Gretchen Carlson says her TV contract trapped her at Fox News: “It is a huge problem"

Carlson will testify to Congress on the issue

By Sophia Tesfaye

Senior Politics Editor

Published October 21, 2016 6:22PM (EDT)

Roger Ailes, Gretchen Carlson   (Reuters/Fred Prouser/AP/Richard Drew)
Roger Ailes, Gretchen Carlson (Reuters/Fred Prouser/AP/Richard Drew)

While the story former Fox News CEO Roger Ailes’ tenure as the head of the biggest cable news channel and ousting following allegations of sexual harassment is reportedly being turned into a television miniseries, Gretchen Carlson is set to testify before Congress about her difficulties leaving the conservative media giant.   

In a Time magazine profile published Friday, the former “Real Story” host revealed that she will testify about her experience and the forced arbitration that made it difficult to seek justice against Ailes.

Fox News initially tried to force the Carlson's sexual harassment suit against Ailes into arbitration, a common TV contract clause that legally binds parties to settle resolutions outside of the court system, but after Carlson went public with her claims the network settled with her for $20 million.

While Carlson didn't say anything about Ailes or her settlement, she did explain why her legal team decided not to include Fox News as a defendant.

"A lot of people that I’ve heard from [about being unfairly dismissed] find themselves in the middle of either legal action or, more likely, forced arbitration,” Carlson told Time. “It is a huge problem. Because it’s secret. And it plays into why we think that we’ve come so far in society and we probably really haven’t — because we don’t hear about it.”

When Carlson filed her suit against Ailes, his lawyers argued that she had "no legal basis upon which she can rightfully assert that she was entitled to sue Defendant Ailes in court and sully his reputation in public."

At the invitation of Democratic Sens. Al Franken (Minnesota) and Patrick Leahy (Vermont), Carlson will testify on behalf of their anti-forced-arbitration bill. From Time:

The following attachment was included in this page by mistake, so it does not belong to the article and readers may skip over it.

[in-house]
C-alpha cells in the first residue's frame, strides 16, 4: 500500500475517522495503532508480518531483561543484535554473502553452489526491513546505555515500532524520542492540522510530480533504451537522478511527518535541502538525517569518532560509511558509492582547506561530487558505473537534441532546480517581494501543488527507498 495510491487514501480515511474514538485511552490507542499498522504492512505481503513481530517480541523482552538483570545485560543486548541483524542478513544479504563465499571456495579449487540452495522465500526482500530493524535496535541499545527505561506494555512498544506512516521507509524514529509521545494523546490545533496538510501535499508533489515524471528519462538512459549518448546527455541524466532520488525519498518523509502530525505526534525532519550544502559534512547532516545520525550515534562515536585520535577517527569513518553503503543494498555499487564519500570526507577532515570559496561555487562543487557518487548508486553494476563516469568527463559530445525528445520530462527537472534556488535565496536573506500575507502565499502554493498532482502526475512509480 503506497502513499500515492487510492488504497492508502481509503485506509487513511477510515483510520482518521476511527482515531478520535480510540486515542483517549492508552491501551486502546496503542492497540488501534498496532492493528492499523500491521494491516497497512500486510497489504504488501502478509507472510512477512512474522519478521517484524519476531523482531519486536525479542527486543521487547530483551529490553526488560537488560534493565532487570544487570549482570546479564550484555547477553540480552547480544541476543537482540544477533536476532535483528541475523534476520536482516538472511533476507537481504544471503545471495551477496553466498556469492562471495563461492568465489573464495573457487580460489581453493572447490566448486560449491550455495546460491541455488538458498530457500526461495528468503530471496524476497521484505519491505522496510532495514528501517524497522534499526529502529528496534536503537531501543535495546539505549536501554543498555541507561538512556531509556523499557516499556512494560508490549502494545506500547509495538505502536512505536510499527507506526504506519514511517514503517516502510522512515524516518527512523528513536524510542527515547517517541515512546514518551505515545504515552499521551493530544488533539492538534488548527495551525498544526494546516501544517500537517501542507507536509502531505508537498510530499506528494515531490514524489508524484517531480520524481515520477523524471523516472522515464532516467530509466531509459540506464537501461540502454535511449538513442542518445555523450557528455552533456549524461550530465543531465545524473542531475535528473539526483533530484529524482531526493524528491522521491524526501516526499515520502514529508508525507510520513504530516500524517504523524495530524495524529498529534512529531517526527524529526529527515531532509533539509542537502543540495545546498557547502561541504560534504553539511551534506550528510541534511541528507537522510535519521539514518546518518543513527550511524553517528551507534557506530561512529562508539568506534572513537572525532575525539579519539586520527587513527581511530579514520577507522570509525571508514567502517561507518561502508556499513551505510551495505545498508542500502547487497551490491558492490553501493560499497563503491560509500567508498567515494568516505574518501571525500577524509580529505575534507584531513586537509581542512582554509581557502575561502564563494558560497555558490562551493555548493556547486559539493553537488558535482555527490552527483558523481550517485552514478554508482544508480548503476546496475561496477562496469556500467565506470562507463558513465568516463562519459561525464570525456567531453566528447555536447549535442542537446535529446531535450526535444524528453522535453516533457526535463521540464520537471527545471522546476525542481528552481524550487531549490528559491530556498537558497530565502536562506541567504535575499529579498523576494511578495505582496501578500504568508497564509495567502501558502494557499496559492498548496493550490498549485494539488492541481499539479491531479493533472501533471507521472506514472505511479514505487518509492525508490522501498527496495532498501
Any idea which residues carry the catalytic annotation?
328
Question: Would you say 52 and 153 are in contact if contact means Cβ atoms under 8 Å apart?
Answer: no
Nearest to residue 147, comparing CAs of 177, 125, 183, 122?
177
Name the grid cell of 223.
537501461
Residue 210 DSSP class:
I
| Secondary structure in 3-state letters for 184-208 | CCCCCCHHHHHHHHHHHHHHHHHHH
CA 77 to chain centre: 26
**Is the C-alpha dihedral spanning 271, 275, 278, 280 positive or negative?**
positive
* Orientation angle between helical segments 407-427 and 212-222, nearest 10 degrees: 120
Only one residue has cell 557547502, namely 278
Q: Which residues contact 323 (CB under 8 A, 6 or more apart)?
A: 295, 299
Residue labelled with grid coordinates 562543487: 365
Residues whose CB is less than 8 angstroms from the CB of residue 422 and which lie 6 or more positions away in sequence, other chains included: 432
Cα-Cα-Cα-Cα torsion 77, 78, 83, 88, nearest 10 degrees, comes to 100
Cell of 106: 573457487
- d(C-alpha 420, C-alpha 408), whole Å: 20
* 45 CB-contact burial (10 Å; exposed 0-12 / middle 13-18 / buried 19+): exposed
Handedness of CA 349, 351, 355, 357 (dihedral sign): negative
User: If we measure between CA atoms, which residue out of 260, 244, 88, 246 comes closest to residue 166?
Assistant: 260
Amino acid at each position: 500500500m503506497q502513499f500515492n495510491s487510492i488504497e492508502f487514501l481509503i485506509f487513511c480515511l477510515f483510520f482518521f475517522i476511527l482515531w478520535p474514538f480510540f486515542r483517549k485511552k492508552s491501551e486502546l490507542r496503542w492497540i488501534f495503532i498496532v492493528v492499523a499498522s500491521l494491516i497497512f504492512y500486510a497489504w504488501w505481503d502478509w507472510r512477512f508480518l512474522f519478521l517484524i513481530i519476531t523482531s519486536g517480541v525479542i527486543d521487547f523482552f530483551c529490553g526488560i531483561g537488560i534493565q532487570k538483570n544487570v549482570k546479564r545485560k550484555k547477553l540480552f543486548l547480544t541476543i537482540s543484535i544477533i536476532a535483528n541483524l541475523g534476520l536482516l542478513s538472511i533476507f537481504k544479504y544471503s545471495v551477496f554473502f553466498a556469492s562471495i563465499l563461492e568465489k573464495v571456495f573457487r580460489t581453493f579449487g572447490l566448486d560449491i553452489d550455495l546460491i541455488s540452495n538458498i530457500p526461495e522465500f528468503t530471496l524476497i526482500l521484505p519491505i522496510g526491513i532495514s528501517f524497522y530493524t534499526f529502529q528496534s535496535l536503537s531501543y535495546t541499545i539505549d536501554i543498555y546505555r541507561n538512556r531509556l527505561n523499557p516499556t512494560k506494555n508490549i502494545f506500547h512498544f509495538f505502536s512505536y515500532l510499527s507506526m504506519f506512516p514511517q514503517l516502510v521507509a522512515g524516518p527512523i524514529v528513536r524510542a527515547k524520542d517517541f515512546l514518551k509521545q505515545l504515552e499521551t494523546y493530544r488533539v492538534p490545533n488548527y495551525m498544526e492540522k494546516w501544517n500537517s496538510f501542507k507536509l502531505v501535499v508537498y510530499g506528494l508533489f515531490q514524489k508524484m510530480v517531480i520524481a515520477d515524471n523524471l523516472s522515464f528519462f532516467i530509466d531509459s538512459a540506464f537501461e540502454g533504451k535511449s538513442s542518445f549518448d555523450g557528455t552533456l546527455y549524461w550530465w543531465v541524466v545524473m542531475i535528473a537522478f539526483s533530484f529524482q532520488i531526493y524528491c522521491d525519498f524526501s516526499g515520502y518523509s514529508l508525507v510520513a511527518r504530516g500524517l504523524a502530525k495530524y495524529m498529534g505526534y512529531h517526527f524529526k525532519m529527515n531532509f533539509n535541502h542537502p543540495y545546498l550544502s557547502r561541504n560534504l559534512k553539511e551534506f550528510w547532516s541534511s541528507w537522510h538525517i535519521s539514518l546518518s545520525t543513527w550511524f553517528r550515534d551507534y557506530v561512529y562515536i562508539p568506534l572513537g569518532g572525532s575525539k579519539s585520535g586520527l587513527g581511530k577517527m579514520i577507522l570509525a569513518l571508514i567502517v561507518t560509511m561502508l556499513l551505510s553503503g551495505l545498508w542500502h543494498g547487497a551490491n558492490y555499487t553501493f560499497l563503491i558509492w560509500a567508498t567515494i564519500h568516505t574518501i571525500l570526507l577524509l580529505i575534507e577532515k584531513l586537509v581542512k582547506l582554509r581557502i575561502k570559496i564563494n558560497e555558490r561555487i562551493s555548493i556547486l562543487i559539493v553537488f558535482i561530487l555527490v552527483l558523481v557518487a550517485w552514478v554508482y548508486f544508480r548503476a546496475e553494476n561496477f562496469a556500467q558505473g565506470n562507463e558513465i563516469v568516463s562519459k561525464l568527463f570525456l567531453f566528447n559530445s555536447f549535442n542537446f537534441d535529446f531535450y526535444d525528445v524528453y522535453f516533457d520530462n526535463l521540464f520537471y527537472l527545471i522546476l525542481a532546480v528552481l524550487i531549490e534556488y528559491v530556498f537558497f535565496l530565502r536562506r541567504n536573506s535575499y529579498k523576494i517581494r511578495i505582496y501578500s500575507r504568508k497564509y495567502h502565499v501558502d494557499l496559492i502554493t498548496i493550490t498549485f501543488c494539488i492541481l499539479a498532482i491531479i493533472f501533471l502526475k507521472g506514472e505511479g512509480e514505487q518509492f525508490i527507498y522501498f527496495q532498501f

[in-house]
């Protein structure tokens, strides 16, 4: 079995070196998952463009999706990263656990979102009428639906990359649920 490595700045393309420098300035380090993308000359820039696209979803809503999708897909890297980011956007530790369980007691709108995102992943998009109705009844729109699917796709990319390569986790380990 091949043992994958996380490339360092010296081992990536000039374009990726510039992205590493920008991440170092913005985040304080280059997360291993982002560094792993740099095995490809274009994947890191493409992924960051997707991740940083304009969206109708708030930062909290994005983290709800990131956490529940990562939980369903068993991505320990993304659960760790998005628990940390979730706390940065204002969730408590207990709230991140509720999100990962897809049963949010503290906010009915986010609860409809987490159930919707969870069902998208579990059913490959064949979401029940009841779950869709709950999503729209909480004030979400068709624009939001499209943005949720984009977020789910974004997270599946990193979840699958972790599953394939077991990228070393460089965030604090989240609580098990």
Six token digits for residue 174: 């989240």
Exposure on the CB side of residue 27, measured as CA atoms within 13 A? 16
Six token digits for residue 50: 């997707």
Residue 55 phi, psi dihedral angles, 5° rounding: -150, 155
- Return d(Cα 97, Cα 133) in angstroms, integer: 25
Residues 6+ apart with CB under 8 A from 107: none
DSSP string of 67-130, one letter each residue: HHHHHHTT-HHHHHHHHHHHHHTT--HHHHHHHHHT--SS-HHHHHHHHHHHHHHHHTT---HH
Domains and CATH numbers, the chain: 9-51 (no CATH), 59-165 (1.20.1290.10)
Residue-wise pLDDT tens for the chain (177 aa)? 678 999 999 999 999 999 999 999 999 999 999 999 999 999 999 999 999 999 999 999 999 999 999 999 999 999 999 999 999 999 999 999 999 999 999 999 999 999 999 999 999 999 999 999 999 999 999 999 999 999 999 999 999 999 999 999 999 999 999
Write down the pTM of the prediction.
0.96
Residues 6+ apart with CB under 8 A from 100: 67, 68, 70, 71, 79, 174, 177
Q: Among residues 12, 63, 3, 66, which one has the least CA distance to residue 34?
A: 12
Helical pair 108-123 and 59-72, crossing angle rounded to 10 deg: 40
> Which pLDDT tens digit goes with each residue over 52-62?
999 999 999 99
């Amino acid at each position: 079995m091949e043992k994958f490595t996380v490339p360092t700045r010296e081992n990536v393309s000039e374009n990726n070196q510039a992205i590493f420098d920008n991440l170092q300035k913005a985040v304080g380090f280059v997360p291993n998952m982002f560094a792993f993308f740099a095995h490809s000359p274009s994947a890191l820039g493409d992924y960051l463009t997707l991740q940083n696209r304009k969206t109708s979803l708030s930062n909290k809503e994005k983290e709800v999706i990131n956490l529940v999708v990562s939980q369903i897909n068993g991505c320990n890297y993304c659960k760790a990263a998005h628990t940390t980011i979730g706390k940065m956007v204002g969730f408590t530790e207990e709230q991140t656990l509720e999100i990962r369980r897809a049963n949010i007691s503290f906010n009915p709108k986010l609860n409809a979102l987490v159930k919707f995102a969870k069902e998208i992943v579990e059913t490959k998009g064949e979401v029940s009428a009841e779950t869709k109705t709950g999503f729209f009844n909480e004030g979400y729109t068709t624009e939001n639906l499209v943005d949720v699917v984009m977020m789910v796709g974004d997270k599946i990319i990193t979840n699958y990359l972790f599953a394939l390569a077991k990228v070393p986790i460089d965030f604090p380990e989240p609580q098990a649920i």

Carlson hopes to persuade Congress to take another look at the laws that protect the practice. She says she’s also going to think really hard about “what we need to do to change the system so that women feel safe.” She is not convinced that human-resources departments are capable of effectively dealing with sexual harassment, or that the millions of dollars corporations spend on training courses is making any difference.

“I think this is happening every single day to women in all walks of life and in all different types of corporations,” Carlson, a former Miss America, said in the interview. “I’ve heard from so many women, from Wall Street to a tiny little town in Alabama. It’s everywhere.”

Former Fox News host Andrea Tantaros was reportedly also recently forced into arbitration after she also alleged she was sexually harassed by Ailes.

“We need to do to change the system so that women feel safe,” Carlson told Time.

"I am saddened by the prevalence of powerful men disrespecting and objectifying women — and getting away with it for years," Carlson said of GOP nominee Donald Trump, who Ailes reportedly helped with debate prep. "I am particularly distressed when people in the public eye who influence our culture perpetuate sexism."

By Sophia Tesfaye

Sophia Tesfaye is Salon's senior editor for news and politics, and resides in Washington, D.C. You can find her on Twitter at @SophiaTesfaye.

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Congress Forced Arbitration Fox News Gretchen Carlson Roger Ailes